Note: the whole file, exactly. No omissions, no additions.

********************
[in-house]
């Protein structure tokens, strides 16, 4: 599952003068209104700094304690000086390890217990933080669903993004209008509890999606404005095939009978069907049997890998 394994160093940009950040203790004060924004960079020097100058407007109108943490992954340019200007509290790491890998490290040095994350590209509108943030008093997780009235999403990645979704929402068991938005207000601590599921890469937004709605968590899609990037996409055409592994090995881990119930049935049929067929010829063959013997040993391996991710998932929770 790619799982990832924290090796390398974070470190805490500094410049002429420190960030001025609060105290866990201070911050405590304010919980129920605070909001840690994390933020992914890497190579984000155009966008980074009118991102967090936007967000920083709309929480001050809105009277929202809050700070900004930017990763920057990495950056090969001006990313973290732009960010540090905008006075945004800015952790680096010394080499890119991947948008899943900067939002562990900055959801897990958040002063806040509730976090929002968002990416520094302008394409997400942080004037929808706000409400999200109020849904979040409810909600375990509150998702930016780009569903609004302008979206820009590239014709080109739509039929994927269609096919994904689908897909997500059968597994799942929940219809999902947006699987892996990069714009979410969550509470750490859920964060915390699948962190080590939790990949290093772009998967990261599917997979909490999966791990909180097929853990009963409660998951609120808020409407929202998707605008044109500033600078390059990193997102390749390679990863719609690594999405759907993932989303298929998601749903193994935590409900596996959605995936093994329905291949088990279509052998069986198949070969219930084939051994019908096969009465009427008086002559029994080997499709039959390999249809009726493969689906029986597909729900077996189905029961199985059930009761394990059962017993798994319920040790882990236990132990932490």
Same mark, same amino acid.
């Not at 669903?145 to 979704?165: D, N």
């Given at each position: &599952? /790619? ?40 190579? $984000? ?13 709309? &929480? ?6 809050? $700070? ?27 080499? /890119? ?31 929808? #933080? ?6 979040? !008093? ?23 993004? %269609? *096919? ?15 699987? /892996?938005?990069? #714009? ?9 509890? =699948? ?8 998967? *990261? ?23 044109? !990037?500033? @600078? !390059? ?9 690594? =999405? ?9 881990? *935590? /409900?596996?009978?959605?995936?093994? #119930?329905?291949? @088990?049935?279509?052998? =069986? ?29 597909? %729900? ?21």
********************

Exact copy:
[in-house]
């Protein structure tokens, strides 16, 4: 599952003068209104700094304690000086390890217990933080669903993004209008509890999606404005095939009978069907049997890998 394994160093940009950040203790004060924004960079020097100058407007109108943490992954340019200007509290790491890998490290040095994350590209509108943030008093997780009235999403990645979704929402068991938005207000601590599921890469937004709605968590899609990037996409055409592994090995881990119930049935049929067929010829063959013997040993391996991710998932929770 790619799982990832924290090796390398974070470190805490500094410049002429420190960030001025609060105290866990201070911050405590304010919980129920605070909001840690994390933020992914890497190579984000155009966008980074009118991102967090936007967000920083709309929480001050809105009277929202809050700070900004930017990763920057990495950056090969001006990313973290732009960010540090905008006075945004800015952790680096010394080499890119991947948008899943900067939002562990900055959801897990958040002063806040509730976090929002968002990416520094302008394409997400942080004037929808706000409400999200109020849904979040409810909600375990509150998702930016780009569903609004302008979206820009590239014709080109739509039929994927269609096919994904689908897909997500059968597994799942929940219809999902947006699987892996990069714009979410969550509470750490859920964060915390699948962190080590939790990949290093772009998967990261599917997979909490999966791990909180097929853990009963409660998951609120808020409407929202998707605008044109500033600078390059990193997102390749390679990863719609690594999405759907993932989303298929998601749903193994935590409900596996959605995936093994329905291949088990279509052998069986198949070969219930084939051994019908096969009465009427008086002559029994080997499709039959390999249809009726493969689906029986597909729900077996189905029961199985059930009761394990059962017993798994319920040790882990236990132990932490």
Same mark, same amino acid.
């Not at 669903?145 to 979704?165: D, N």
């Given at each position: &599952? /790619? ?40 190579? $984000? ?13 709309? &929480? ?6 809050? $700070? ?27 080499? /890119? ?31 929808? #933080? ?6 979040? !008093? ?23 993004? %269609? *096919? ?15 699987? /892996?938005?990069? #714009? ?9 509890? =699948? ?8 998967? *990261? ?23 044109? !990037?500033? @600078? !390059? ?9 690594? =999405? ?9 881990? *935590? /409900?596996?009978?959605?995936?093994? #119930?329905?291949? @088990?049935?279509?052998? =069986? ?29 597909? %729900? ?21």